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Being successful in your life: What does that mean?

December 13, 2019

What does it take to be successful?

How will you know when you get there?

Well….firstly, what if?….

What if… success is what you make it?

These are all questions to consider if you are looking at wanting to be more successful in your life – even if that means; getting employment, feeling better within yourself, starting your business, having a more active life, having healthier thoughts or living a healthy life – whatever the next step in success is for you, there’s probably a way through that someone, for example; a researcher, or a therapist, or a coach has come up with that could support you on your next step.

The first step is that it’s imperative to consider some research and information to take in – what is it that makes some people more successful than others?

Stephen Covey (1989), from his 7 Habits of Highly Effective People suggests it’s the following things – moving from dependence, to independence to interdependence. In addition, then it’s working on the following 7 habits: 1. Being proactive, 2. Beginning with the end in mind, 3. Put first things first, 4. Think Win/Win, 5. Seek first to understand, then to be understood, 6. Synergise and, finally, 7. Sharpen the saw – for renewal and continual improvement – in addition to these items, successful people move initially from dependence, to independence to interdependence (Covey, 1989). This is exactly what practitioners in the field – working with humans, in the helping professions need to do to be successful. Having a trainer, mentor, a supervisor, or a coach can really support you to get you to your next stage.

In other words, truly successful people know that they need other people to succeed.

They cannot succeed on their own.

Over the past 17 years of working with people in the community, with therapists, being a coach and teaching the next generation of professionals, I’ve learned a great deal from hearing client and practitioner stories of their lives.

What has this work taught me?

It’s taught me what success looks like in therapy and coaching – and in life in general. Being a privileged observer for so long in client’s lives has given me a unique opportunity to witness through their eyes what it takes to be successful at tasks, life, or a goal that they may set for themselves.

Success often comes from overcoming obstacles, grit and tenacity (Coyle, 2009). As well, finding what you like doing, that creates a space where time stands still – where you are in ‘the zone’, or ‘in flow’, can give you indications of what you may do best at and where you may succeed (Csikszentmihalyi, 1990). When we are in flow, time stands still and we find our groove (Csikszentmihalyi, 1990). The old adage ‘time flies when you’re having fun’ is true, though, more to the point, time is not important when you’re in the right zone and flow (Csikszentmihalyi, 1990).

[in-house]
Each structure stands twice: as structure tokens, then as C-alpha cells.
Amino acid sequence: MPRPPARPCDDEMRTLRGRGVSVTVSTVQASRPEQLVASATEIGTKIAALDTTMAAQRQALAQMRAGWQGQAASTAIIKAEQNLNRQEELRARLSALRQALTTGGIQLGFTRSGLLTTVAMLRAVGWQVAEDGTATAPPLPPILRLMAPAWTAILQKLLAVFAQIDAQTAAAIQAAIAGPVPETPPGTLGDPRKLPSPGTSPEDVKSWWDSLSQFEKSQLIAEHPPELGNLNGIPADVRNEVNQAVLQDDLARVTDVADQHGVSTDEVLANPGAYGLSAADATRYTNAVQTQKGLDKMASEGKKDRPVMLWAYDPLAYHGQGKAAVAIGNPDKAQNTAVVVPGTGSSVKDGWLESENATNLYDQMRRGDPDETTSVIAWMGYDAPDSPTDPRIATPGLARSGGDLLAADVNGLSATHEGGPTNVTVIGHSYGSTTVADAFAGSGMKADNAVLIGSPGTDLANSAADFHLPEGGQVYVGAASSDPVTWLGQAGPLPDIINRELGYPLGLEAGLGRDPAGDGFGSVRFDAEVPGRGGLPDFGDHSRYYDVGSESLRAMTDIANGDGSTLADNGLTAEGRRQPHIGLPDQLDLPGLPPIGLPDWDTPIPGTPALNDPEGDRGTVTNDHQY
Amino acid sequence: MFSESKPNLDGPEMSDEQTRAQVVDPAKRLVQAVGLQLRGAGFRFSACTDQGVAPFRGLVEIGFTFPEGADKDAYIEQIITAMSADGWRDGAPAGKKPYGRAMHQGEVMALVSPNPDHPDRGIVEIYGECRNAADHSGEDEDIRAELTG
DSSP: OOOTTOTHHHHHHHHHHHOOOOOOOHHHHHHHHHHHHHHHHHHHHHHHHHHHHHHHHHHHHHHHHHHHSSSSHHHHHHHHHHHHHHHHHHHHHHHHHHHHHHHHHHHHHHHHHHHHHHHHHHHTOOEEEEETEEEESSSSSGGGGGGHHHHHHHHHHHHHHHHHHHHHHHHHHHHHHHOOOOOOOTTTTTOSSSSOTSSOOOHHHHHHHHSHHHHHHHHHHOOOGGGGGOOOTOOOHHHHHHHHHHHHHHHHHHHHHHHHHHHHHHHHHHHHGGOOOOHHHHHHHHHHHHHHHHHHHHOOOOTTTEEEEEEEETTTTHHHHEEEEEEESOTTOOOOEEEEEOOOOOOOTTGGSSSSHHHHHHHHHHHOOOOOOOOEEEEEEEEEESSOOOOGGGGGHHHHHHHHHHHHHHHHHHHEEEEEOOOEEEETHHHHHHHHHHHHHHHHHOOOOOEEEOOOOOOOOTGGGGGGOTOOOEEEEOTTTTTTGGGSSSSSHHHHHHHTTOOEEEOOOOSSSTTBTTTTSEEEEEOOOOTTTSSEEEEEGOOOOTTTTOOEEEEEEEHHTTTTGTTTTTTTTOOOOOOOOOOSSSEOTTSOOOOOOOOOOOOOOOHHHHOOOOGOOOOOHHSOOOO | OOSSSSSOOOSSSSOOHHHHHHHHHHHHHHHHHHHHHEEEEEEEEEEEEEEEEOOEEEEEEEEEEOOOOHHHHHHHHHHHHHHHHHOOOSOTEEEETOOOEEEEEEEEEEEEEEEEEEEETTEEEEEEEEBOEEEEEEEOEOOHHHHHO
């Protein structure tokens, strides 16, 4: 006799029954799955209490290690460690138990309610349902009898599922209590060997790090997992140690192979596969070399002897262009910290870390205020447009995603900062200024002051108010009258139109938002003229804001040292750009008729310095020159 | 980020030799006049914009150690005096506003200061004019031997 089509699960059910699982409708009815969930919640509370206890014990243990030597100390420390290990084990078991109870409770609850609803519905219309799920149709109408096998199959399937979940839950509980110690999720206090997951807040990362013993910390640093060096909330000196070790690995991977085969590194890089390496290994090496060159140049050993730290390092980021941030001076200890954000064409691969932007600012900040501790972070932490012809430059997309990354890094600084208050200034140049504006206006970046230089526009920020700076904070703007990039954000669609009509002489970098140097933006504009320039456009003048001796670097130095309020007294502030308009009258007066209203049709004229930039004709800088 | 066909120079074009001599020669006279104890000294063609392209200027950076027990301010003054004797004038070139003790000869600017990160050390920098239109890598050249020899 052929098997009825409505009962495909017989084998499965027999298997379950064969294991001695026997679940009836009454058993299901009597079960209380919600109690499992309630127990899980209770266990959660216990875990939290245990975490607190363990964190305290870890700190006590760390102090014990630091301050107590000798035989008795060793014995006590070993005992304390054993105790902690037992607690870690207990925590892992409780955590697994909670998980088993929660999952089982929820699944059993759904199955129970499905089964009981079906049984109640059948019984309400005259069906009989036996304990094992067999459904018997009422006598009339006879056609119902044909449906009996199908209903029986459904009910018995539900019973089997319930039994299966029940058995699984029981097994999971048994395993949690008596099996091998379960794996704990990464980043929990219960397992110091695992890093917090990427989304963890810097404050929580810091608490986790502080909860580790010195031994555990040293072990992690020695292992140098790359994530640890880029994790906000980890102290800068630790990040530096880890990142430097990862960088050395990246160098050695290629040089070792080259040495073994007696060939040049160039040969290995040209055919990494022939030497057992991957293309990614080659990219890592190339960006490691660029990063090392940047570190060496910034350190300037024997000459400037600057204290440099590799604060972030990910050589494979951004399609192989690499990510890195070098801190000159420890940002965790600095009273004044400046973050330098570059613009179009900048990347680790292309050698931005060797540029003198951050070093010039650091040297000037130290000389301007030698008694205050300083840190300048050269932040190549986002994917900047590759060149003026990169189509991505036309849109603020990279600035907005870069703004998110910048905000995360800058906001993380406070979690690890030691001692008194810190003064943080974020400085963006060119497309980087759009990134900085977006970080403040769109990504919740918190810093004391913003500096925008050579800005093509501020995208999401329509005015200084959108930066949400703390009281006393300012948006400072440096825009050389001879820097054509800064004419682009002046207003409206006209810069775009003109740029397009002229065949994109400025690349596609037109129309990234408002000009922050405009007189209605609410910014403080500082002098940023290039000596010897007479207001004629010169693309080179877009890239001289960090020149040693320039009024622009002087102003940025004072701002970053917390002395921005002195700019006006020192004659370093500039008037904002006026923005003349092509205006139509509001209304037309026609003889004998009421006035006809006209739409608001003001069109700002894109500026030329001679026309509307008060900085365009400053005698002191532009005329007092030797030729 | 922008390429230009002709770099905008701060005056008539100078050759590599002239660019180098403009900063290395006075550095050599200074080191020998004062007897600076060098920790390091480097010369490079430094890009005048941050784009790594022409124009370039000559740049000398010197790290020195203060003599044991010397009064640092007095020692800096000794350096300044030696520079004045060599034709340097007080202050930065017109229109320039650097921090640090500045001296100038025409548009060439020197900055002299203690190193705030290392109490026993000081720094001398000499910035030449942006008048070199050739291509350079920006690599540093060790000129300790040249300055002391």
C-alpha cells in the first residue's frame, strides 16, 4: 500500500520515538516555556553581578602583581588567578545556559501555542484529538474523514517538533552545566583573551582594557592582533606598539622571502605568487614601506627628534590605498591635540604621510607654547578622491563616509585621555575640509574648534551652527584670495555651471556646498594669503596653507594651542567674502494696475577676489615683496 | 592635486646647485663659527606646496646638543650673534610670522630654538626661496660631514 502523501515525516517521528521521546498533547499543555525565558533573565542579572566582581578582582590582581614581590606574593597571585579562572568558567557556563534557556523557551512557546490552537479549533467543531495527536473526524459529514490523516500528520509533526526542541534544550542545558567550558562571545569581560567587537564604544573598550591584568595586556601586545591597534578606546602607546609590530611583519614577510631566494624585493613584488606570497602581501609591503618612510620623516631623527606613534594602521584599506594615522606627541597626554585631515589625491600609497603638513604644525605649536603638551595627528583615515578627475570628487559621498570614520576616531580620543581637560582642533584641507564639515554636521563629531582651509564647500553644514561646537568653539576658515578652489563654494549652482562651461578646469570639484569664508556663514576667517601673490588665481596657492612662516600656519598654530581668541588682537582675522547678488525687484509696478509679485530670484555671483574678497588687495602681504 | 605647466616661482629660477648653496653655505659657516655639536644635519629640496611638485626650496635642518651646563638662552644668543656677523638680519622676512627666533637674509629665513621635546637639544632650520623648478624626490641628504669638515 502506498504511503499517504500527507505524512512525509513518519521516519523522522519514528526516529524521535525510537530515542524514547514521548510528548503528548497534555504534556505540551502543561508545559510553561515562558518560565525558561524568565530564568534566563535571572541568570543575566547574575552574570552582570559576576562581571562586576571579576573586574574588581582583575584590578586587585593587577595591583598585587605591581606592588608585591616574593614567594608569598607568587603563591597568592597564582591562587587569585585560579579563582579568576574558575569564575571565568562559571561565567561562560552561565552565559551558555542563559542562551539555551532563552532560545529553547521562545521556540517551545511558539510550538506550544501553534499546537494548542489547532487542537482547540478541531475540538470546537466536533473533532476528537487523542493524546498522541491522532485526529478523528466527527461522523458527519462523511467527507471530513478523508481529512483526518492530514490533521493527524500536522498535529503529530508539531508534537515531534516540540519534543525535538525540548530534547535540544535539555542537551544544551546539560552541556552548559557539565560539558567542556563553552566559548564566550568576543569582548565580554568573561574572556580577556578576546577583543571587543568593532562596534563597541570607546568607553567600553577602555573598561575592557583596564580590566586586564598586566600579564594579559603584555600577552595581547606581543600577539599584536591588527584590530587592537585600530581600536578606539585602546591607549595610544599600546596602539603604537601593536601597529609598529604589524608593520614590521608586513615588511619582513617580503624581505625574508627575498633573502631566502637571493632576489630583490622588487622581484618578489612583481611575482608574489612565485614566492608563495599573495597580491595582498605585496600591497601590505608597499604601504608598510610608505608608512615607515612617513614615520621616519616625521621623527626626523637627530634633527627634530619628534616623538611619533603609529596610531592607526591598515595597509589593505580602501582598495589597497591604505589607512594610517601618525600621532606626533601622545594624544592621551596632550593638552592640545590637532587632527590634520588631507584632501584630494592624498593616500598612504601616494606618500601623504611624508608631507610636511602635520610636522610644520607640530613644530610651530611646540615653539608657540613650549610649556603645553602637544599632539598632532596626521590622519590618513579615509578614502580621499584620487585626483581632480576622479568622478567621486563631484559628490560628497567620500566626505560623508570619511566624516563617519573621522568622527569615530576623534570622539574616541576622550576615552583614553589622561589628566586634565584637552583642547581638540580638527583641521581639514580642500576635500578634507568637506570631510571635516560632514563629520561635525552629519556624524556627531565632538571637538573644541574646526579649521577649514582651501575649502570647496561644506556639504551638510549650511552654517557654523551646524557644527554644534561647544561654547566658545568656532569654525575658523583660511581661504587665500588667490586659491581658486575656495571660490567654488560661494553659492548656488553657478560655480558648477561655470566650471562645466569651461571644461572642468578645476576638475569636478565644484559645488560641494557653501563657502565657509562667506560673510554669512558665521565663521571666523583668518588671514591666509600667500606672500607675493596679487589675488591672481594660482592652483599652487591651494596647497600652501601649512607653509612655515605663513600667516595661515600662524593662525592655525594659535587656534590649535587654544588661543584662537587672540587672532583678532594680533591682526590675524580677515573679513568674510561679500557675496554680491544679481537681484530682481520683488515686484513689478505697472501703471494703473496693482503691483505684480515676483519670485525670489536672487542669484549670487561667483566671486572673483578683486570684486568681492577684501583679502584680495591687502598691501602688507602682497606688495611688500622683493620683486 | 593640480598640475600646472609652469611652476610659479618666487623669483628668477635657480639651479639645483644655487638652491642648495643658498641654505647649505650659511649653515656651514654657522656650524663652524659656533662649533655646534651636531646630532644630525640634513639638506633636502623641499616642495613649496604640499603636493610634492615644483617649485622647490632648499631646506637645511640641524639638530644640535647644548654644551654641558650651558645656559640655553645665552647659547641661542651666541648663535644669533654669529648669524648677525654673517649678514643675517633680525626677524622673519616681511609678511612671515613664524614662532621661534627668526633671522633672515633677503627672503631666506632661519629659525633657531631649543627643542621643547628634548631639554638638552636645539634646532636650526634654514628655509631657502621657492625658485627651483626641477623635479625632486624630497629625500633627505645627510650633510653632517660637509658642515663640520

In addition, in training therapists, that’s also taught me how people learn.

So, humans, according to Training Industry (2019), have four stages of competence when learning new skills. These four stages of competency are; 1) Unconscious incompetence, 2) Conscious incompetence, 3) Conscious competence and 4) Unconscious competence (Training Industry, 2019).

The internet is filled with people who are unconsciously incompetence, unfortunately. They literally don’t know what they don’t know. This can make it hard for learned professionals and others to ‘cut through the white noise’. So, as a result of this, I’m seeing a rise in coaches and therapists providing services in ways that they shouldn’t and could inadvertently cause harm to clients – unbeknownst to the practitioner and their client.

Learning is therefore important in the right conditions and for the right reasons. With the courses that I have developed for my company Australian Online Therapy Training (AOTT) Pty Ltd, they have been designed for practitioners in the field to gain valuable information, skills and practice so that safe spaces can be held for clients online.

Why do I provide these courses?

It was only as a client I learned first hand that harm can be caused to the client. It was through a painful experience with a therapist that I found out that I could personally be harmed, even online.

Therefore, we need to be aware that ALL of us can potentially cause harm to our clients. Online therapy or coaching is not ‘just an easy option’. We still need to be giving good service and knowing how we need to attend to clients in the online space, so that clients are not harmed.

There are important factors in human learning that needs to take place in order to learn and have growth. Some of this can come down to resilience factors, and other aspects can come to grit and the ability to push yourself to the edge of your abilities, which Coyle (2009) suggests is the key ingredient that determines talent.

In summary, success is what you make it. Finding your flow, pushing yourself to the edges of your abilities and getting help when you need it helps you be more successful in whatever pursuit you undertake – whether that be; work, life, relationships, health, or any other goals you have set for yourself.


Covey, S.R. (1989). The 7 habits of highly effective people: Powerful lessons in personal change. Free Press.

Coyle, D. (2009). The talent code: Greatness isn’t born. It’s grown. New York, NY: Bantam Books.

Csikszentmihalyi, M. (1990). Flow: The psychology of optimal experience. Harper & Row.

Training Industry. (2019). Four stages of competence. Training Industry website. Retrieved from

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